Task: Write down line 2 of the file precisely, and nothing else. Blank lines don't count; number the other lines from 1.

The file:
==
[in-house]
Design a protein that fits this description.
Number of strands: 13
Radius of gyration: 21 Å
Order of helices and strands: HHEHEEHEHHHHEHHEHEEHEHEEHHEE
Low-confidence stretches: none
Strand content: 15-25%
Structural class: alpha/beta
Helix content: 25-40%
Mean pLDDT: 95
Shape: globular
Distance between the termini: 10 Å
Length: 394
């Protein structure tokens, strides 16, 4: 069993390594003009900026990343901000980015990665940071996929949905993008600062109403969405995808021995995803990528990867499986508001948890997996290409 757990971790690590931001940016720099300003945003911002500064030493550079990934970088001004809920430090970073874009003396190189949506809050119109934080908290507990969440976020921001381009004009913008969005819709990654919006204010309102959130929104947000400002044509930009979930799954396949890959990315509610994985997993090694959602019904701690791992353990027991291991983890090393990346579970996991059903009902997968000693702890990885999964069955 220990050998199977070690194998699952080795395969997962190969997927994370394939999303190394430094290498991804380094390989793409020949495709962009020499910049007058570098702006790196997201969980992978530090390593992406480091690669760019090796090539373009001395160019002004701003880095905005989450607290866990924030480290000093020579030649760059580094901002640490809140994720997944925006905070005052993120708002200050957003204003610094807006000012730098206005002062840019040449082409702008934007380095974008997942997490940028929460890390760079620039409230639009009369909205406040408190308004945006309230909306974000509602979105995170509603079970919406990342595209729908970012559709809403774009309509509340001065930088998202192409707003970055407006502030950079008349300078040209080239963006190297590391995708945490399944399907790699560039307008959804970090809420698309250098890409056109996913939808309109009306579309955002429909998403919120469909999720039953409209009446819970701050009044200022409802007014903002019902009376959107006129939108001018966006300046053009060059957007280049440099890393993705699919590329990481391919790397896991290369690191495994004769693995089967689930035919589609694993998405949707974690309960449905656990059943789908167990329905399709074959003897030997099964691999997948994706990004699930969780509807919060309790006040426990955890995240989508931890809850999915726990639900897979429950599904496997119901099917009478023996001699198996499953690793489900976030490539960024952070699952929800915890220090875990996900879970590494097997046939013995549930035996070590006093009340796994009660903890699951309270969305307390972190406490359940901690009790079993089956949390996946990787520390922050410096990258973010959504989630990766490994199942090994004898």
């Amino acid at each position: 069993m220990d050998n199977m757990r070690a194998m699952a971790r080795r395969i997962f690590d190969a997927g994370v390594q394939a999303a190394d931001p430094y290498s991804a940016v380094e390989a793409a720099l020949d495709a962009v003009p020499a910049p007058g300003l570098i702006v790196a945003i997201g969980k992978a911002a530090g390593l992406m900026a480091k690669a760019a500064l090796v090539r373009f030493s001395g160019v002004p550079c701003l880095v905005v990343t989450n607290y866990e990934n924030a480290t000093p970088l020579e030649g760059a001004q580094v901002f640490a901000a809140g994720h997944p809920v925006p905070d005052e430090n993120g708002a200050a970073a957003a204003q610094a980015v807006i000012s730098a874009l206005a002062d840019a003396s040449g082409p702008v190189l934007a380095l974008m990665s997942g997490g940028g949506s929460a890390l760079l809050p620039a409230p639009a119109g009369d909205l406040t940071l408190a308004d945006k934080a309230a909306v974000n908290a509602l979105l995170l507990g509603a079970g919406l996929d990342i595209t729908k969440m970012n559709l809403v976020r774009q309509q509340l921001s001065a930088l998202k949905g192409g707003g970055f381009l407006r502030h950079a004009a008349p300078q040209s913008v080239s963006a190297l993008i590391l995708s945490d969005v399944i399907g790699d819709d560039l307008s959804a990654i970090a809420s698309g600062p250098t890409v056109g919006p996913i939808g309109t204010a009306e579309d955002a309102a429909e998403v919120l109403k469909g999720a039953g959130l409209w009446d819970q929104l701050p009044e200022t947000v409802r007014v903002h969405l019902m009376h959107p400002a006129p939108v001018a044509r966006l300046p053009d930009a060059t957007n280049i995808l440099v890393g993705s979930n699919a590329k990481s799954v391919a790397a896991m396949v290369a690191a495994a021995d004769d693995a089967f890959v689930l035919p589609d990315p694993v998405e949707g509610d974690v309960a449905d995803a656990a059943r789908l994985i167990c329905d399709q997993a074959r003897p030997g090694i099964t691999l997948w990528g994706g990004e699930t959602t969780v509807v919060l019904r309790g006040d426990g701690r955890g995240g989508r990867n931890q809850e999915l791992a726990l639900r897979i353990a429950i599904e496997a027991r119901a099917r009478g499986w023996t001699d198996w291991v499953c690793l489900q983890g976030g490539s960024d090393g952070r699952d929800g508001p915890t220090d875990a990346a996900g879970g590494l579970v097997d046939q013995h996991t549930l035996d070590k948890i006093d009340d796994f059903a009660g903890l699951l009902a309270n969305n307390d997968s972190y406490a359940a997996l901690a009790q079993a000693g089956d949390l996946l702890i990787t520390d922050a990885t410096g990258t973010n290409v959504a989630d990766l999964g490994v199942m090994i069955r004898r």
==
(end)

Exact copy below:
Design a protein that fits this description.